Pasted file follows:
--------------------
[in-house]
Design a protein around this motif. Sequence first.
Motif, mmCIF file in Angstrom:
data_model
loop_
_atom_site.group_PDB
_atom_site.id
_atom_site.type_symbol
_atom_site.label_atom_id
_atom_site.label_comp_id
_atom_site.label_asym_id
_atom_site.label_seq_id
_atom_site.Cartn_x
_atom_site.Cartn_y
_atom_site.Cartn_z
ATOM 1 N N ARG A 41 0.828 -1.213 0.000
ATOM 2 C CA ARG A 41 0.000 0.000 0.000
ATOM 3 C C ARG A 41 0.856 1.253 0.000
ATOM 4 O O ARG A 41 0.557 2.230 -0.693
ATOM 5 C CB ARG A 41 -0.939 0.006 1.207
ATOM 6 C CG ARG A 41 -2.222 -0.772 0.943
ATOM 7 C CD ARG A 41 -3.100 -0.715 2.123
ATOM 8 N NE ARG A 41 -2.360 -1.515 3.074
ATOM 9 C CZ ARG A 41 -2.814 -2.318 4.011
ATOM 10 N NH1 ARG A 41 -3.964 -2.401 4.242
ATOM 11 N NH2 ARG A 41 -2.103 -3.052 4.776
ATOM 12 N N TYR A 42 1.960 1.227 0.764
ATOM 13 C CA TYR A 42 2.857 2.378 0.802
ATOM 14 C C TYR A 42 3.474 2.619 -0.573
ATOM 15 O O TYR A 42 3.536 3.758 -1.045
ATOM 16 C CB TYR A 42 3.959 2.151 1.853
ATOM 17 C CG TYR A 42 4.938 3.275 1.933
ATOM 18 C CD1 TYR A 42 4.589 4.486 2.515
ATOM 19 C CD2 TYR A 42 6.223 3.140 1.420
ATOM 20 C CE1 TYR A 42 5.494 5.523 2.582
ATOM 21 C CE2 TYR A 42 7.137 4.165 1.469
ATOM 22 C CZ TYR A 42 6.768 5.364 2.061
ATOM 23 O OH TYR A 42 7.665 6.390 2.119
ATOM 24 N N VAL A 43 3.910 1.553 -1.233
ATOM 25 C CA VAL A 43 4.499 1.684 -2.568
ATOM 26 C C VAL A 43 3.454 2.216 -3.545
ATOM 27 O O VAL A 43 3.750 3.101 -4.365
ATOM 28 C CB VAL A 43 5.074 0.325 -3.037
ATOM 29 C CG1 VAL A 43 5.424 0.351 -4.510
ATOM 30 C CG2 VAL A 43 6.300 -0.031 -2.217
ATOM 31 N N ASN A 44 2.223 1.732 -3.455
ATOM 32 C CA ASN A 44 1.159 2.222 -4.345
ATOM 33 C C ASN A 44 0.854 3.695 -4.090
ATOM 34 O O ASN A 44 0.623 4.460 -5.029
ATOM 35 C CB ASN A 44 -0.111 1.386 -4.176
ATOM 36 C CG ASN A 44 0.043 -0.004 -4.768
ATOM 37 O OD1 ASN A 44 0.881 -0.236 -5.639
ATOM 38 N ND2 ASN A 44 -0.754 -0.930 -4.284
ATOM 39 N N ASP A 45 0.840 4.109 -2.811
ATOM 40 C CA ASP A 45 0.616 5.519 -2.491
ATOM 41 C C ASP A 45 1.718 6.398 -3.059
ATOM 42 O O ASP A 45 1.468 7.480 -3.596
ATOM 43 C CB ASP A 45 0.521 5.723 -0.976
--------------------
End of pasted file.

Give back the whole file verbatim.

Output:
[in-house]
Design a protein around this motif. Sequence first.
Motif, mmCIF file in Angstrom:
data_model
loop_
_atom_site.group_PDB
_atom_site.id
_atom_site.type_symbol
_atom_site.label_atom_id
_atom_site.label_comp_id
_atom_site.label_asym_id
_atom_site.label_seq_id
_atom_site.Cartn_x
_atom_site.Cartn_y
_atom_site.Cartn_z
ATOM 1 N N ARG A 41 0.828 -1.213 0.000
ATOM 2 C CA ARG A 41 0.000 0.000 0.000
ATOM 3 C C ARG A 41 0.856 1.253 0.000
ATOM 4 O O ARG A 41 0.557 2.230 -0.693
ATOM 5 C CB ARG A 41 -0.939 0.006 1.207
ATOM 6 C CG ARG A 41 -2.222 -0.772 0.943
ATOM 7 C CD ARG A 41 -3.100 -0.715 2.123
ATOM 8 N NE ARG A 41 -2.360 -1.515 3.074
ATOM 9 C CZ ARG A 41 -2.814 -2.318 4.011
ATOM 10 N NH1 ARG A 41 -3.964 -2.401 4.242
ATOM 11 N NH2 ARG A 41 -2.103 -3.052 4.776
ATOM 12 N N TYR A 42 1.960 1.227 0.764
ATOM 13 C CA TYR A 42 2.857 2.378 0.802
ATOM 14 C C TYR A 42 3.474 2.619 -0.573
ATOM 15 O O TYR A 42 3.536 3.758 -1.045
ATOM 16 C CB TYR A 42 3.959 2.151 1.853
ATOM 17 C CG TYR A 42 4.938 3.275 1.933
ATOM 18 C CD1 TYR A 42 4.589 4.486 2.515
ATOM 19 C CD2 TYR A 42 6.223 3.140 1.420
ATOM 20 C CE1 TYR A 42 5.494 5.523 2.582
ATOM 21 C CE2 TYR A 42 7.137 4.165 1.469
ATOM 22 C CZ TYR A 42 6.768 5.364 2.061
ATOM 23 O OH TYR A 42 7.665 6.390 2.119
ATOM 24 N N VAL A 43 3.910 1.553 -1.233
ATOM 25 C CA VAL A 43 4.499 1.684 -2.568
ATOM 26 C C VAL A 43 3.454 2.216 -3.545
ATOM 27 O O VAL A 43 3.750 3.101 -4.365
ATOM 28 C CB VAL A 43 5.074 0.325 -3.037
ATOM 29 C CG1 VAL A 43 5.424 0.351 -4.510
ATOM 30 C CG2 VAL A 43 6.300 -0.031 -2.217
ATOM 31 N N ASN A 44 2.223 1.732 -3.455
ATOM 32 C CA ASN A 44 1.159 2.222 -4.345
ATOM 33 C C ASN A 44 0.854 3.695 -4.090
ATOM 34 O O ASN A 44 0.623 4.460 -5.029
ATOM 35 C CB ASN A 44 -0.111 1.386 -4.176
ATOM 36 C CG ASN A 44 0.043 -0.004 -4.768
ATOM 37 O OD1 ASN A 44 0.881 -0.236 -5.639
ATOM 38 N ND2 ASN A 44 -0.754 -0.930 -4.284
ATOM 39 N N ASP A 45 0.840 4.109 -2.811
ATOM 40 C CA ASP A 45 0.616 5.519 -2.491
ATOM 41 C C ASP A 45 1.718 6.398 -3.059
ATOM 42 O O ASP A 45 1.468 7.480 -3.596
ATOM 43 C CB ASP A 45 0.521 5.723 -0.976